Eating to change how we feel is something common in adults. Eating chocolate when we feel sad, drinking wine when we feel stressed are all common practice and many people would admit to turning to some kind of food or drink to change how they are feeling at some time. The reason food does this comes from the physical process of eating. It produces chemicals in the brain which are similar to those produced when we feel loved, happy and even euphoric. Learning that food can make us feel better can happen at any age and it’s something a lot more children are turning to because there are a lot more children trying to feel better. A child can quickly learn that eating can give them the comfort they are not feeling from elsewhere, give them the feeling of safety they can’t get from others, give them the feeling of peace they can’t get from the world they’re in. Once it is learned it never leaves and it is always there for them day or night.
A child eating to feel better is slightly different to an adult eating to feel better. Children have less concept of the past and the future. So, whereas most adults use food to change how they feel about the past or future (memory or worry), children are trying to create a feeling in the present that they can’t find either from others or within themselves. This will become clearer as I take you through the 3 reasons children turn to food.
1. Food as love
We are programmed to feel comforted and nurtured by the process of eating for survival purposes. However, that feeling of comfort can easily get confused with the feeling of being loved. Love to a child means connection, belonging, feeling understood, being wanted, liked and listened to. The feeling of love is more important to a child than being told or shown they are loved because they have little ability to rationalise. A parent might think, ‘well, of course, I love them, I feed and clothe them and take them everywhere they want to go.’ But that is rational love, it is functional and to a child that doesn’t translate into a feeling.
2. Food as security
Children need the security of feeling. This means knowing what reaction to expect and being able to connect events and emotions. This helps them handle anything that might cause anxiety, confusion, feeling ‘wrong’ or different and not understanding the world. Sometimes a child doesn’t know how to feel better about something that has happened or been said. If that child isn’t used to asking for help to feel better, if that comfort and explanation isn’t forthcoming, if the child is just left to ‘get over it’, then food can give them the feeling they need to make sense of the world in that moment. Eating is familiar, it can be like going to a safe place away from all the things that are confusing.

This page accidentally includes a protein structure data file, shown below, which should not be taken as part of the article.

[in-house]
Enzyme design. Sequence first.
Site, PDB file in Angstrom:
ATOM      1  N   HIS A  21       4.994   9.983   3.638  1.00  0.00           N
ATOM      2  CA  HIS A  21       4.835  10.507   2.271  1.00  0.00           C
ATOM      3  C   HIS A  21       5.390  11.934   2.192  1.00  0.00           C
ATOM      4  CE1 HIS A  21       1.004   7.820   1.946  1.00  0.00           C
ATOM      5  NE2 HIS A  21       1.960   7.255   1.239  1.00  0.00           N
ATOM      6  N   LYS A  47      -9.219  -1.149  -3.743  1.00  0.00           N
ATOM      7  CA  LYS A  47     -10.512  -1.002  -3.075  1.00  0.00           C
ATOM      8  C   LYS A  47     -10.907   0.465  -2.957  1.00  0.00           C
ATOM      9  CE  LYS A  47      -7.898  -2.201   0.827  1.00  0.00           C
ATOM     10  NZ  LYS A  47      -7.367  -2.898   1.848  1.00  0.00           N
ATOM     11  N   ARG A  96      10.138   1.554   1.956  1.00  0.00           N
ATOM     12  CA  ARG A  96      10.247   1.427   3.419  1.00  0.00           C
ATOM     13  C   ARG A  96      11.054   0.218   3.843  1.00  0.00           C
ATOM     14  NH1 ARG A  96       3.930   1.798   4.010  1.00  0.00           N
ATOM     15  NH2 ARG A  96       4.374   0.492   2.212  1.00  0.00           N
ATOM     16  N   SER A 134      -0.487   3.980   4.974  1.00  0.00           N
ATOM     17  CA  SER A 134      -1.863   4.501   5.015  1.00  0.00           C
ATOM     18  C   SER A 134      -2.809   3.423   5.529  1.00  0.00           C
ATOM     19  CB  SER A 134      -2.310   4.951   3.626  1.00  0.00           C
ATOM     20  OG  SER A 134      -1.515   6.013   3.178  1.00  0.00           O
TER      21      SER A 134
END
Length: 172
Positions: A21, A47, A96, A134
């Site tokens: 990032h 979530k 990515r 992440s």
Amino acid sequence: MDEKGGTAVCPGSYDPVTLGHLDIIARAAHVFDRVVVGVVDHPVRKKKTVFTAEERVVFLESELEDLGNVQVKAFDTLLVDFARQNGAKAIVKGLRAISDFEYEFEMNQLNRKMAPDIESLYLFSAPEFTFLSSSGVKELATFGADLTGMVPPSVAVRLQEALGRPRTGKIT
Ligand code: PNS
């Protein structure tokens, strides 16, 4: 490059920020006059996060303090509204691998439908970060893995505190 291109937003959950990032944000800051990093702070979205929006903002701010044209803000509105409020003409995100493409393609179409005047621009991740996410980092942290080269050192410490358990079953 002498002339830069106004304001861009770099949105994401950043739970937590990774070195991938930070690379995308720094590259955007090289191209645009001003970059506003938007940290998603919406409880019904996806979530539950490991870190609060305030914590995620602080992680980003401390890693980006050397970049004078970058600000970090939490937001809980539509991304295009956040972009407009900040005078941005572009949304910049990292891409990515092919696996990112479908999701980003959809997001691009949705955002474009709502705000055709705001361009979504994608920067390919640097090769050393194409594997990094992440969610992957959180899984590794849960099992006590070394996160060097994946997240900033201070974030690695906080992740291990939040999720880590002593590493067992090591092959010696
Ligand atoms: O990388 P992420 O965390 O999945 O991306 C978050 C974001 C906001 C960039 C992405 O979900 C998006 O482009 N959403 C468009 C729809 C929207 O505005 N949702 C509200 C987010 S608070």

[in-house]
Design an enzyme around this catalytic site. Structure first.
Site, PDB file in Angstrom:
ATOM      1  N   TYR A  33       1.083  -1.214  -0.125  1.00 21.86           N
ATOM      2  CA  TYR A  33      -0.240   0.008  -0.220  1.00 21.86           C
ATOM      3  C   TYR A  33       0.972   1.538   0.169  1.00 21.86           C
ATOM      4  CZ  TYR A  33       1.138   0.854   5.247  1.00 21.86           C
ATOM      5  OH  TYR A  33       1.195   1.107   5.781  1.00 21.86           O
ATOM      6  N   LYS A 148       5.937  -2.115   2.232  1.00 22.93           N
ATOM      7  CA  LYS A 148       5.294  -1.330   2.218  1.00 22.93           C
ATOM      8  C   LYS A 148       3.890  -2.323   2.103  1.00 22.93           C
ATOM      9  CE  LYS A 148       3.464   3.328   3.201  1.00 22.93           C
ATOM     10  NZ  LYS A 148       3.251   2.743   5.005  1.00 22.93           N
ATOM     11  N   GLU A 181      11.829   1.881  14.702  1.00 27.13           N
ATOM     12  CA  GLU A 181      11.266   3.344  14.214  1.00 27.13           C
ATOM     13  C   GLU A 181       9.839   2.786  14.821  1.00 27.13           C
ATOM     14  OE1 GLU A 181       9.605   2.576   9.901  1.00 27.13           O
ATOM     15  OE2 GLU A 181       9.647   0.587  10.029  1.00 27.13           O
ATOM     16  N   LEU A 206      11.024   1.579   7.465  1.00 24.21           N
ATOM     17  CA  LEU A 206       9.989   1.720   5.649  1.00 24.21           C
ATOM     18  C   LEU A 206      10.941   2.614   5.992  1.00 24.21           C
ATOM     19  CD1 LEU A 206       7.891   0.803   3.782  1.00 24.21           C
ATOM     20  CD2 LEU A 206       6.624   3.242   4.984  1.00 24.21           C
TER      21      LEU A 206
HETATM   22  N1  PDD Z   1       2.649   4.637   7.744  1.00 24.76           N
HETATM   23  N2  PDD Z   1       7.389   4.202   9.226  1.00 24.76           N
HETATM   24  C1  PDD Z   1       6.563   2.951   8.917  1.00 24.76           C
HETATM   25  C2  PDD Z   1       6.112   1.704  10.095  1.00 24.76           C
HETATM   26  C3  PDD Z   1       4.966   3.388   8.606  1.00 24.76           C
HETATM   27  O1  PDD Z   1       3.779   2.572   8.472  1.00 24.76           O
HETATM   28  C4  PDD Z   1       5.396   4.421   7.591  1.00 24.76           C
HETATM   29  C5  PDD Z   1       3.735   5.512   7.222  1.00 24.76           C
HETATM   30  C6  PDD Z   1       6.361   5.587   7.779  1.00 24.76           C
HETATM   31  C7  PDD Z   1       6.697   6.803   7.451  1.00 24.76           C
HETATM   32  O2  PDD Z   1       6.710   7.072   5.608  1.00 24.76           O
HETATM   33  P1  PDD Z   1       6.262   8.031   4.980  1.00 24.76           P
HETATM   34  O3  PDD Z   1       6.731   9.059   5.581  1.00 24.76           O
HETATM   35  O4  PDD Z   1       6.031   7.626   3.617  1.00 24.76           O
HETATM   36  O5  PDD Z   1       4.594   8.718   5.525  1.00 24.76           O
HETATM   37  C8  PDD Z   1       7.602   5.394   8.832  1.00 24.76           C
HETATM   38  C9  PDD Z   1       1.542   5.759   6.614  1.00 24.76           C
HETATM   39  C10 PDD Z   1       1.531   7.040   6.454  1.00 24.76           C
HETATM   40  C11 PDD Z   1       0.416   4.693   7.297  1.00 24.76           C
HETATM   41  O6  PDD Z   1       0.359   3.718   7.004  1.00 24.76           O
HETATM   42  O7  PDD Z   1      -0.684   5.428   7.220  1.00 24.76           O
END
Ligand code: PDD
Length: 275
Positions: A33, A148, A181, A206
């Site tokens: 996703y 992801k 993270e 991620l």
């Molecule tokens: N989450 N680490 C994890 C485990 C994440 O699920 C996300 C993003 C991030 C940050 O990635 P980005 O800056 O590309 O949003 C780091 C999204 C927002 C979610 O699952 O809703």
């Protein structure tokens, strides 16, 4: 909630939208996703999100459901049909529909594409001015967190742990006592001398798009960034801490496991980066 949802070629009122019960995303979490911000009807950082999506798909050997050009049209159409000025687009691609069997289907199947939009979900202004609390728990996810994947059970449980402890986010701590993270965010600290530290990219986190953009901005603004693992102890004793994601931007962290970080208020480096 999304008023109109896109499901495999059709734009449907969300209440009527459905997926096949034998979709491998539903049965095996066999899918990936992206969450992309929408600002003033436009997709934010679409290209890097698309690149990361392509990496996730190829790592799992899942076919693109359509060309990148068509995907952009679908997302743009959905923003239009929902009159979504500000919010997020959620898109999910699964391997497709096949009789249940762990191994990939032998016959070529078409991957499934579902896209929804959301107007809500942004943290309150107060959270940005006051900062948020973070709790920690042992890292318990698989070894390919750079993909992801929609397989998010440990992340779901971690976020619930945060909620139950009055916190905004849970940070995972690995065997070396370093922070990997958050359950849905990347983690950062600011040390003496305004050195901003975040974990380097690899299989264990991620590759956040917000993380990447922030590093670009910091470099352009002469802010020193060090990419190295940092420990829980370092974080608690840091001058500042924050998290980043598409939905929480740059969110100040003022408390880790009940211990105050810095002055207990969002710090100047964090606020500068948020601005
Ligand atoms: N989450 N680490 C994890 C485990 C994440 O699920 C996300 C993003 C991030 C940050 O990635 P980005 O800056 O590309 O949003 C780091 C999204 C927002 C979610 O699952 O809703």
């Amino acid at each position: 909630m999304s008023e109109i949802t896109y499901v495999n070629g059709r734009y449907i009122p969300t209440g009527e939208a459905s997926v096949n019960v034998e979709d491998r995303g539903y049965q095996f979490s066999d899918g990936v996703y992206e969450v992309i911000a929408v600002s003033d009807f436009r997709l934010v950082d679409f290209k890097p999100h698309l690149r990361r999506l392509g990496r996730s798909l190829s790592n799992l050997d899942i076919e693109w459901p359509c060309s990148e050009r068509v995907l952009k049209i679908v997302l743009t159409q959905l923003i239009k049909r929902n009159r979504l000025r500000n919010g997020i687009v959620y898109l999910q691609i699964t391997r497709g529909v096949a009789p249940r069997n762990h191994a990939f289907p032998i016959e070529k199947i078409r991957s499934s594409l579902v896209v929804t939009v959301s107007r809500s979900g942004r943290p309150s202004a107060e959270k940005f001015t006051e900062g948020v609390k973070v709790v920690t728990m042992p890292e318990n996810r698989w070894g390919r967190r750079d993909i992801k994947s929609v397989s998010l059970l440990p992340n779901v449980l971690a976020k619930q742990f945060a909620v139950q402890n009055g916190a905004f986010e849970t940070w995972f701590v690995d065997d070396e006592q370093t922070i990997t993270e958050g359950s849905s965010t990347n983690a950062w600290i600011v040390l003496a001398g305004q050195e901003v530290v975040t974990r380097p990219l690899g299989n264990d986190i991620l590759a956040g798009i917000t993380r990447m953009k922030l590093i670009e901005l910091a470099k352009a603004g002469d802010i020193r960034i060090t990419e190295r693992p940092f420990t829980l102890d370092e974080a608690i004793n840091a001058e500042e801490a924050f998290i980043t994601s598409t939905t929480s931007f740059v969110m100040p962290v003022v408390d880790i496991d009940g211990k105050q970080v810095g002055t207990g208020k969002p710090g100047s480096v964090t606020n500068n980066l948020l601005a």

3. Food as acceptance
The feeling of acceptance matters to children because unlike love and security, acceptance shapes who they are. Acceptance means feeling free to speak and act how we want, to be honest, and to be ourselves. To be sure we are secure in our world and so able to go out without fear. Acceptance creates confidence and awareness of self. However, the opposite of acceptance is blame, judgement and rejection which can hinder the development of self. If a child feels unaccepted they feel alone, they feel wrong and food can easily help remove that.
Perception is key
One of the main aims that I teach is not changing your child’s weight but changing your perception of their weight. Having an overweight child can create negative feelings and thoughts in you, which are centred on the child themselves. You can’t help them and blame at the same time. Whatever you feel, they feel it from you and so if you feel blame they can’t feel acceptance or love or security. They want you to understand that food is their lifeline, that they need it to survive right now because what they don’t know where else to turn. They may not even know they have excess weight, that they are eating more than they need to because to them it will feel natural, it will feel ‘right’. For them, food is replacing you. To be able to change their need for food you first need to start identifying what food is replacing so you can start providing it instead. By taking back responsibility for your child’s weight not in physical terms such as diet and exercise, but in terms of providing emotional support and understanding, you let them know you are willing to listen, to help and to understand, you let them know they are loved, secure and accepted no matter what.